Editor’s Note: Yesterday, we heard from Bud Milza who expressed his rather strong opposition to the notion of cluttering your motorcycle with intercom systems, GPS systems and other electronic paraphernalia. Today we get the opportunity to hear the other side of that communications conundrum from Jason Hayes, a proponent of such technologies.
Is staying connected staying safe?
By Jason Hayes
In today’s society, small devices such as cell phones, MP3 players and GPS devices are a part of everyday life for a lot of people. Being safe on the road with these devices is not all that difficult if you know how to use them and— just as important — know when to use them. Many a traffic accident could be avoided if people would use common sense while operating these gadgets on the road.
From my own personal experience, I have found that taking advantage of these technological wonders have done nothing but enhance my motorcycle-riding experience. I ride on down the highway with an intercom system that allows me to listen to music, talk to a passenger, talk to another rider, call someone, and even hear directions from my GPS. Before the advent of intercom, the only means of communicating with my passenger was to take my eyes off the road, turn my head around and yell as loud as I could. Now I simply start talking and the music turns off automatically so my passenger can hear my voice. When the conversation ends, the music automatically comes back on, and I am riding through the countryside, once again enjoying my own custom playlist.
Listening to tunes on a motorcycle is every bit as safe as enjoying music in a car. When played at the appropriate level, you can still hear everything going on around you because intercom systems use speakers, not ear buds. Speakers allow you to hear ambient noise while riding.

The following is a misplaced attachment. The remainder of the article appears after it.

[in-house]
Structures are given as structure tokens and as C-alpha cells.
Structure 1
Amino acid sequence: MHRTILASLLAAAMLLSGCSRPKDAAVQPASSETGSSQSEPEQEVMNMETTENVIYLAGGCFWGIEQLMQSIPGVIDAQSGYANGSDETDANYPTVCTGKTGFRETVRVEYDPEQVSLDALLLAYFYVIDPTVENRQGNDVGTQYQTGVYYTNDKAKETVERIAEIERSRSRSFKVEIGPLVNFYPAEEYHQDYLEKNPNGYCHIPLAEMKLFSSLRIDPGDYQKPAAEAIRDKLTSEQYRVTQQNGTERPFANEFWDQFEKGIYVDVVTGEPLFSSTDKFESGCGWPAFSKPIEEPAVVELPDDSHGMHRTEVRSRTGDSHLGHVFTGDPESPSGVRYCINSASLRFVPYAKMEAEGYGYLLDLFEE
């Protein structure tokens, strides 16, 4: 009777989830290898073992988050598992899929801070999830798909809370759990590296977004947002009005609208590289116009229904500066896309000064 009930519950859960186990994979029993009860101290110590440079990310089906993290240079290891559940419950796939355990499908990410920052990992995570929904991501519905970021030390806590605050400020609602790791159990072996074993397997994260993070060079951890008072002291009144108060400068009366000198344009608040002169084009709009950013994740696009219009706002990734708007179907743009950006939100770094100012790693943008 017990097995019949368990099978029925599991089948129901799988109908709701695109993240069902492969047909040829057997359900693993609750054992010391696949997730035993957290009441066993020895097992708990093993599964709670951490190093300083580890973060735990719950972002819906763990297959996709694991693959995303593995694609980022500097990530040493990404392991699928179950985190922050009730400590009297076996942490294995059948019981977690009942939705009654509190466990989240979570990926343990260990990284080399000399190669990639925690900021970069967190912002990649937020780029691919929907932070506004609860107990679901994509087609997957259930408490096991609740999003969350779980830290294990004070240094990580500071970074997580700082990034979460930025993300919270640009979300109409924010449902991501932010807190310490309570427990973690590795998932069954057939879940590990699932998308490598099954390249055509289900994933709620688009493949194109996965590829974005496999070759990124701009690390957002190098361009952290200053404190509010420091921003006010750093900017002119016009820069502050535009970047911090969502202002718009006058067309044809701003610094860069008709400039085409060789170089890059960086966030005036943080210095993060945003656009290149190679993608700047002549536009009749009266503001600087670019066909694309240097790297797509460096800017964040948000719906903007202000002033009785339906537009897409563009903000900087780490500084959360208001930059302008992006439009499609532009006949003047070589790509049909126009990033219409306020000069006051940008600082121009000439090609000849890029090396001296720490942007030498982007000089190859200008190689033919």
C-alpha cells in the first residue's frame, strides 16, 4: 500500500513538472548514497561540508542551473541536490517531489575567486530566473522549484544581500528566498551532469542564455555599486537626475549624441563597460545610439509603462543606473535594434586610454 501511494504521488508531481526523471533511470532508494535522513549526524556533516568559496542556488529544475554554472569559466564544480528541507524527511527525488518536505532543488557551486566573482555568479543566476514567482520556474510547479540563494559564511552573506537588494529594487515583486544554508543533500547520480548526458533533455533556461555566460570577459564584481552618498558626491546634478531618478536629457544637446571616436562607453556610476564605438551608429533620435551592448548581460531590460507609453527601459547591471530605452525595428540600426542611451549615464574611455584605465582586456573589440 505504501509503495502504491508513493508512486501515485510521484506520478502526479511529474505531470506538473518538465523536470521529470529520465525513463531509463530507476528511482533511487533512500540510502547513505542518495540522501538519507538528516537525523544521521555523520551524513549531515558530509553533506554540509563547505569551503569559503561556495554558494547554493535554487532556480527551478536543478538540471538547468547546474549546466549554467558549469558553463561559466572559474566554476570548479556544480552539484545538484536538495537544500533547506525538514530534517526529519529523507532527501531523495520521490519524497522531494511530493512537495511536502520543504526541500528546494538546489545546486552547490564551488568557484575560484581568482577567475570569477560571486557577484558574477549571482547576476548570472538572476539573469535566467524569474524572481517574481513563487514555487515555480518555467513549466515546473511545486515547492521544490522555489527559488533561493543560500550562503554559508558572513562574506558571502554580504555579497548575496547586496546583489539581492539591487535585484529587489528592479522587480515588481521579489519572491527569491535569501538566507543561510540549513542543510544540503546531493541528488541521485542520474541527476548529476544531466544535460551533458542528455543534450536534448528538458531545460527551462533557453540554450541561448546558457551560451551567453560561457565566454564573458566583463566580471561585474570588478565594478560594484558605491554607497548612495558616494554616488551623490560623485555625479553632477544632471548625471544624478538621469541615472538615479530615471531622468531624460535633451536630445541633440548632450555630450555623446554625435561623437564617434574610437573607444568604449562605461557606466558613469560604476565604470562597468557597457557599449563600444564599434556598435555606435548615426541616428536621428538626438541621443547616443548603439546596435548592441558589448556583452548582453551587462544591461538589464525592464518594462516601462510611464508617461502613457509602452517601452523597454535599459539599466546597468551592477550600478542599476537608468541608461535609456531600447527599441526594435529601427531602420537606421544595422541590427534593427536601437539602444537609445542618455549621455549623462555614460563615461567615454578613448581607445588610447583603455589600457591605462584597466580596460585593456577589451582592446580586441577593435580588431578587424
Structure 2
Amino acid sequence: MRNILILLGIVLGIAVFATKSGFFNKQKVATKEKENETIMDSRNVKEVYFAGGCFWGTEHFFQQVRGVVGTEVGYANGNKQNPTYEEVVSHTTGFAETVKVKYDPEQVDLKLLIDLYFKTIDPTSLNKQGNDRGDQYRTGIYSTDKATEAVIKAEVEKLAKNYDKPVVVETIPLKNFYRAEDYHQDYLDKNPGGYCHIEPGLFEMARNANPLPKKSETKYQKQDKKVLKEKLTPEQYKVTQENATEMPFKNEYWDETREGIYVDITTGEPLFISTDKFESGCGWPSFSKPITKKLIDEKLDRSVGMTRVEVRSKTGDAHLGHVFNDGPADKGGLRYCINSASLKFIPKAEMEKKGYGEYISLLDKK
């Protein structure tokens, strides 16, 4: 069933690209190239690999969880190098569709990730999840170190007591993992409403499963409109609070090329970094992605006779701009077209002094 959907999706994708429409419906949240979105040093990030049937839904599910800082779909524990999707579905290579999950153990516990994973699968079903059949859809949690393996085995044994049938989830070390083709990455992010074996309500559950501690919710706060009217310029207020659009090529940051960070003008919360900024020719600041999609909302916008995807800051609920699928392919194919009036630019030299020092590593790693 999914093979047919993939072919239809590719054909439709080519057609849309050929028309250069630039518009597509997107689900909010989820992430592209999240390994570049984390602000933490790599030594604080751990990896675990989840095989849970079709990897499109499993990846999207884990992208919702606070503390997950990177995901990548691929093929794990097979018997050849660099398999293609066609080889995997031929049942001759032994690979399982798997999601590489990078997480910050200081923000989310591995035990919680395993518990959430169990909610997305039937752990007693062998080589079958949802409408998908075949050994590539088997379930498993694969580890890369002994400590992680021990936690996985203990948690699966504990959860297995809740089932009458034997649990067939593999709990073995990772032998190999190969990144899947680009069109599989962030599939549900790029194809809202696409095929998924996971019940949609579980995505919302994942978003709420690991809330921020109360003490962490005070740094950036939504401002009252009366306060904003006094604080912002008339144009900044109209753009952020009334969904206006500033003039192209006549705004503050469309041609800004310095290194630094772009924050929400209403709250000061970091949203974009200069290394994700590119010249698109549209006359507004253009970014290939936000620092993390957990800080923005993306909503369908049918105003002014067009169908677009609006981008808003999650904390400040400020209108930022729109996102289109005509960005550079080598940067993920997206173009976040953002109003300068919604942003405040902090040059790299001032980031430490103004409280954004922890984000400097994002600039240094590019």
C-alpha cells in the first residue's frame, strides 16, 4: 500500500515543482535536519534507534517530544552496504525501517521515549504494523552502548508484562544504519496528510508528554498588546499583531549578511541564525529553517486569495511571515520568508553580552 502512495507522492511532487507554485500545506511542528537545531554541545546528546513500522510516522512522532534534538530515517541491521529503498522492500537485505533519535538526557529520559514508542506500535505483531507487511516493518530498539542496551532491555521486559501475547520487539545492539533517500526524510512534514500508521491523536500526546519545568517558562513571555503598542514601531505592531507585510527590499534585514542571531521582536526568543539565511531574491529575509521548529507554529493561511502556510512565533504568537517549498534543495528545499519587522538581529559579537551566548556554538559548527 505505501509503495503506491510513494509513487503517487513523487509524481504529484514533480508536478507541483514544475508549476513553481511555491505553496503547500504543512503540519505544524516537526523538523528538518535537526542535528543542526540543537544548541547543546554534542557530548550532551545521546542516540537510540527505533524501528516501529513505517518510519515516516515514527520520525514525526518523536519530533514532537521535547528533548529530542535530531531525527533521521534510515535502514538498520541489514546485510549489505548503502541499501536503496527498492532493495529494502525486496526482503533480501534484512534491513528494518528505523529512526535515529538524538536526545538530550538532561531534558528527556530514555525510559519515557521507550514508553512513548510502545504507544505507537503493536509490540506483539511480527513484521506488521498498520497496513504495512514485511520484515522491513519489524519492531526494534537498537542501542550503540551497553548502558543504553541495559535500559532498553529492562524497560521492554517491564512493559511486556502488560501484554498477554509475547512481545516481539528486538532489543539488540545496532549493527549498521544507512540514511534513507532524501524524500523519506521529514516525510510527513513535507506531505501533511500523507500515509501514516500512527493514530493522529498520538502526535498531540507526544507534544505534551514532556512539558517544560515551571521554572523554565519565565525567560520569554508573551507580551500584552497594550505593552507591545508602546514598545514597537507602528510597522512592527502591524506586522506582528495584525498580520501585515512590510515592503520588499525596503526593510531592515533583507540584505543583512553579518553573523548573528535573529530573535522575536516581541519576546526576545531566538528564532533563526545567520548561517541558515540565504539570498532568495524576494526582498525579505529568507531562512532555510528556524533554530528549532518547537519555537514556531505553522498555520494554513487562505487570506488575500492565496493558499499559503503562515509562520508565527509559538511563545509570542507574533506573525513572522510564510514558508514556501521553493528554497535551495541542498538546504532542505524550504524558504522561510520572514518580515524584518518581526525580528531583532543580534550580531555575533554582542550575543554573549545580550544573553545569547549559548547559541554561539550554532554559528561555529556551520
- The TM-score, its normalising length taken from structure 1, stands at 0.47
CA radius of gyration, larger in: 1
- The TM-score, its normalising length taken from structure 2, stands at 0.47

Another safety issue comes into play when you try to communicate with your riding partners on the road. Rolling up alongside someone and “flashing some hand signals” not only takes your eyes off the road and your hand off the handlebars, but it is also a distraction to the person riding next to you at speed. With the intercom system, I simply start talking and it activates the other rider’s intercom. We can chat freely, just as if we were sitting next to each other in the front seats of a car. Intercoms serve another purpose on the road and that’s communicating safety. While riding the canyons in Sturgis this year, my friends and I were able to rip around corners and let each other know what was coming up next or when it was safe to pass.
The proper use of a GPS on your motorcycle is most important and — just like in your four-wheeler — the device should be properly mounted and the destination set before you head out. If you have invested in the correct GPS mount, you can position your device to provide you the best view from your vantage point. And thinking of this device as simply an “idiot box” just means you don’t know how to use it or you are afraid to use it.
With a GPS, you just set your destination and ride, which is much safer than having to look straight down at a map pouch or being forced to pull off a busy highway every 50 miles or so to check a map.
Technology has produced a boatload of gadgets for bikers that enable us to listen to music, talk to one another while riding, and even see or hear where to turn next. When it’s time to ride, I can think of nothing better than listening to Tom Petty on the radio while racking up miles. I can’t speak for anyone else, but I like the idea of carefree comfort and convenience. I don’t question whether or not I missed a turn 20 miles back. I don’t clutter my mind with wondering if there’s a gas station nearby. I just enjoy the ride.
Having said that, I feel obligated to leave you with one bit of advice: Get well acquainted with your technological toys before you go out riding. Read the instruction manual and operate the equipment while the motorcycle is on the kickstand. And make sure the device is properly mounted on the bike. And whatever you do, don’t get underway and then start fumbling through your coat or tank bag trying to change the song or see the directions. Riding connected is easy and safe if you employ common sense.